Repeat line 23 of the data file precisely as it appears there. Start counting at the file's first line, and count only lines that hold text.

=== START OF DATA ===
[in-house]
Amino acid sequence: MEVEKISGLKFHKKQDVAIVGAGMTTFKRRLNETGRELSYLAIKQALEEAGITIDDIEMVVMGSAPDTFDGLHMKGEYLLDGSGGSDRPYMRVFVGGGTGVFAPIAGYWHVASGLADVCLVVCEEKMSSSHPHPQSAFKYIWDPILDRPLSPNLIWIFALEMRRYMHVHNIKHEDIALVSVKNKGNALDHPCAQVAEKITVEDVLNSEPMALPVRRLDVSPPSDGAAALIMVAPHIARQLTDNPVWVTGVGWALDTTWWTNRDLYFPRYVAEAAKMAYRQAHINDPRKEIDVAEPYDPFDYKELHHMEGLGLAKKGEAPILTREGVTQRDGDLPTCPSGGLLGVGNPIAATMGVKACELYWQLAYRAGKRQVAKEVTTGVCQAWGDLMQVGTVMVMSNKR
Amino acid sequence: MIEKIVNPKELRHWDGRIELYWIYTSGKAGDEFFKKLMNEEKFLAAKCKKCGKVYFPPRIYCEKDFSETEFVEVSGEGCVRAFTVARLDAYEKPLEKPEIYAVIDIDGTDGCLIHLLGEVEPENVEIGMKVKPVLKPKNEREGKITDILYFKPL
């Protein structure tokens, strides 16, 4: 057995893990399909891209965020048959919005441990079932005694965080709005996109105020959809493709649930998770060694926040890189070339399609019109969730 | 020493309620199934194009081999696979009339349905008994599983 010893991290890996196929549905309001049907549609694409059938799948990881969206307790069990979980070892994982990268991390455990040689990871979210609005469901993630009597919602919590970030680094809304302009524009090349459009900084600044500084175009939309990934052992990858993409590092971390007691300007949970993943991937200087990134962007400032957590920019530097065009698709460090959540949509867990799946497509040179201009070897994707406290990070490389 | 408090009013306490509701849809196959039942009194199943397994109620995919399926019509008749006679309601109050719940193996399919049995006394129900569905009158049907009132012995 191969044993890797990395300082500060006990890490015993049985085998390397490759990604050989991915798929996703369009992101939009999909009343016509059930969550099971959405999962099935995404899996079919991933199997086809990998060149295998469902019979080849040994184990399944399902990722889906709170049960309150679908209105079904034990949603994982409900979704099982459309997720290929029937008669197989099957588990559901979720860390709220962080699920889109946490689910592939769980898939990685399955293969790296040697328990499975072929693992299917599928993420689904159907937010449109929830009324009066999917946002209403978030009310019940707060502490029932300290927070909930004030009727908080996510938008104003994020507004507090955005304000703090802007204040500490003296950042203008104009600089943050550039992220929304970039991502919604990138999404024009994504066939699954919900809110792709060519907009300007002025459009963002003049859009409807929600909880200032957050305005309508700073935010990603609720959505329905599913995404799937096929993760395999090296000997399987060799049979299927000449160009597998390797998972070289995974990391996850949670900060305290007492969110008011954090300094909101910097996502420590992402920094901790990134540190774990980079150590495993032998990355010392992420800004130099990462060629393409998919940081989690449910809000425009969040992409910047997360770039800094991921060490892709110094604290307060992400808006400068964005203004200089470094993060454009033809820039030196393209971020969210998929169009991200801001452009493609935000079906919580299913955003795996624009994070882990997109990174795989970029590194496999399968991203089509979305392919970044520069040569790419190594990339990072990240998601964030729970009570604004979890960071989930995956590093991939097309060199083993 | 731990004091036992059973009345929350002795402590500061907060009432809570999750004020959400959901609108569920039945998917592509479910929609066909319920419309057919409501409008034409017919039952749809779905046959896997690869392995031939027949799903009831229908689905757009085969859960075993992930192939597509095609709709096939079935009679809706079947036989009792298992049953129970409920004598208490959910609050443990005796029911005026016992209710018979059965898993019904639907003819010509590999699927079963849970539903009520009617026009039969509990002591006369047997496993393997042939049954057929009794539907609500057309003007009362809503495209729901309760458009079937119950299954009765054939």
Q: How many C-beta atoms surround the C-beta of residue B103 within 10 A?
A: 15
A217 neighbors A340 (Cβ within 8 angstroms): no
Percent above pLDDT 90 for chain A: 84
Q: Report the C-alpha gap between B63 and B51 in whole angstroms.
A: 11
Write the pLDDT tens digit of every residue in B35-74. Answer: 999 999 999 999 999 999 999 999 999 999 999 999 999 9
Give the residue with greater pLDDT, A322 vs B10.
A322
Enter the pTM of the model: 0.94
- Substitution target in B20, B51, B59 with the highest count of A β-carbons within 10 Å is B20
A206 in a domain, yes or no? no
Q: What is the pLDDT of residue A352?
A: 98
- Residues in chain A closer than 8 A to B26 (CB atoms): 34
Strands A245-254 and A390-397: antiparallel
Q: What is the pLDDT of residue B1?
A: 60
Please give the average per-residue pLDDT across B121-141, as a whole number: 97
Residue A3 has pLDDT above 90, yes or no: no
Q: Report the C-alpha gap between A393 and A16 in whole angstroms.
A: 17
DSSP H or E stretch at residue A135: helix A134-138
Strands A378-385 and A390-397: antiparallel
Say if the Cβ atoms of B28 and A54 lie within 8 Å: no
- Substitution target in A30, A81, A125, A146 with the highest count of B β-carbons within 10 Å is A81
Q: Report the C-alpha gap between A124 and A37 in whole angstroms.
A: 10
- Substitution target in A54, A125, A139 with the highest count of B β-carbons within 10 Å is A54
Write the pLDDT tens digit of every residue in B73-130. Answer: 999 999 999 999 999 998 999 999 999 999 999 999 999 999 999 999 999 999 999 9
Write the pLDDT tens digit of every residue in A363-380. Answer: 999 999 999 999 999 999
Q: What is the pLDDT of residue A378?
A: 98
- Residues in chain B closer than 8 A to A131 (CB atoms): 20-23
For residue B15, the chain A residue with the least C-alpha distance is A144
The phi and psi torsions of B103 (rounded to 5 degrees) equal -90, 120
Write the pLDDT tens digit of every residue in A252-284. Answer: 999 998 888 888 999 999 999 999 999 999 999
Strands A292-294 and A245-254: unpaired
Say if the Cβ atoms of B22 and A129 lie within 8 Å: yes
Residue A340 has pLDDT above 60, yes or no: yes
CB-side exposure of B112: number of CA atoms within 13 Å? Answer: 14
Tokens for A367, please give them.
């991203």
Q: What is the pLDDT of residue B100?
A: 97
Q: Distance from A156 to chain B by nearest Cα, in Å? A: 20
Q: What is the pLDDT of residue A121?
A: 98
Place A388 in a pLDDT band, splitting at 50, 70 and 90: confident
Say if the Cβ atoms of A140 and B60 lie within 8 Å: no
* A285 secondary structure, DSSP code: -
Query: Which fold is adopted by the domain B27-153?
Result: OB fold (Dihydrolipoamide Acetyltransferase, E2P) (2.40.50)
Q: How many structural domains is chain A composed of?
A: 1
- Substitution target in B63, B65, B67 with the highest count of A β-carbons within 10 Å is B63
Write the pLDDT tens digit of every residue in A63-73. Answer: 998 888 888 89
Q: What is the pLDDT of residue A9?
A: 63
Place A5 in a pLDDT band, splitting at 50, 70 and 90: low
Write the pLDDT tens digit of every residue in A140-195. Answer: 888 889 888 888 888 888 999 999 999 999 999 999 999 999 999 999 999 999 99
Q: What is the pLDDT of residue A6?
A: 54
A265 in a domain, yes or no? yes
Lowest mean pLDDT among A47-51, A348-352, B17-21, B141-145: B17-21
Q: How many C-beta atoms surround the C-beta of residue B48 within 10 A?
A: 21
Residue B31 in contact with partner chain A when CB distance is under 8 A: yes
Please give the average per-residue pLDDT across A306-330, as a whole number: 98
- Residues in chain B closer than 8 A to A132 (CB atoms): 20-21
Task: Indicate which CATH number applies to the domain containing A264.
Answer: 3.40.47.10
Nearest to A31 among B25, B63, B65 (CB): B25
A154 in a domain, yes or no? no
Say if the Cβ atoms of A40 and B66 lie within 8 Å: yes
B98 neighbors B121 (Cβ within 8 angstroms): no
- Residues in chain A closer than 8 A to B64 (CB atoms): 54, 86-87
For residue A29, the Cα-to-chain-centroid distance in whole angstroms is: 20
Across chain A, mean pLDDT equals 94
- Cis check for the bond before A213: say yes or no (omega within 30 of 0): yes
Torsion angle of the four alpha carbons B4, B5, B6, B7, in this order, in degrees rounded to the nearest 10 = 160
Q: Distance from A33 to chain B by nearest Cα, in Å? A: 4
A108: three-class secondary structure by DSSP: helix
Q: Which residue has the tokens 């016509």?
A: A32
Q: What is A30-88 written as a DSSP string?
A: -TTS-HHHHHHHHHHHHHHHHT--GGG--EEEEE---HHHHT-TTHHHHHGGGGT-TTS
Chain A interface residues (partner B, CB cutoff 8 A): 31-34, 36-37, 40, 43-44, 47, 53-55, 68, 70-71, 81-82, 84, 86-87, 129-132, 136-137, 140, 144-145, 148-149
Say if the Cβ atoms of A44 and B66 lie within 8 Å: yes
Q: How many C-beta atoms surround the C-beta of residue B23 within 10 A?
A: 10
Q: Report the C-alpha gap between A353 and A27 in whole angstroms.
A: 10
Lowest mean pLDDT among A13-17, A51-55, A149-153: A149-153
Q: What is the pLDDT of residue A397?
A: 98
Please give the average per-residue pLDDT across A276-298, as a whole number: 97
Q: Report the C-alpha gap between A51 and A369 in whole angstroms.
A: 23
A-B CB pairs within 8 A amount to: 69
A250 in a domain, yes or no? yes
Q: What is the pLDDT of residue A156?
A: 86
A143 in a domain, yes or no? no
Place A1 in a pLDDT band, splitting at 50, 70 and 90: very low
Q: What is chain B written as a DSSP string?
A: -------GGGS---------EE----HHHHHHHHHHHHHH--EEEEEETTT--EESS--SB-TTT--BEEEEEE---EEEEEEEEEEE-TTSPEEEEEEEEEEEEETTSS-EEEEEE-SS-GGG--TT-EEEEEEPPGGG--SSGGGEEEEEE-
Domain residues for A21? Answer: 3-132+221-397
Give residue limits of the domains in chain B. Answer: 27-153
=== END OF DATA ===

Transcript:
Please give the average per-residue pLDDT across B121-141, as a whole number: 97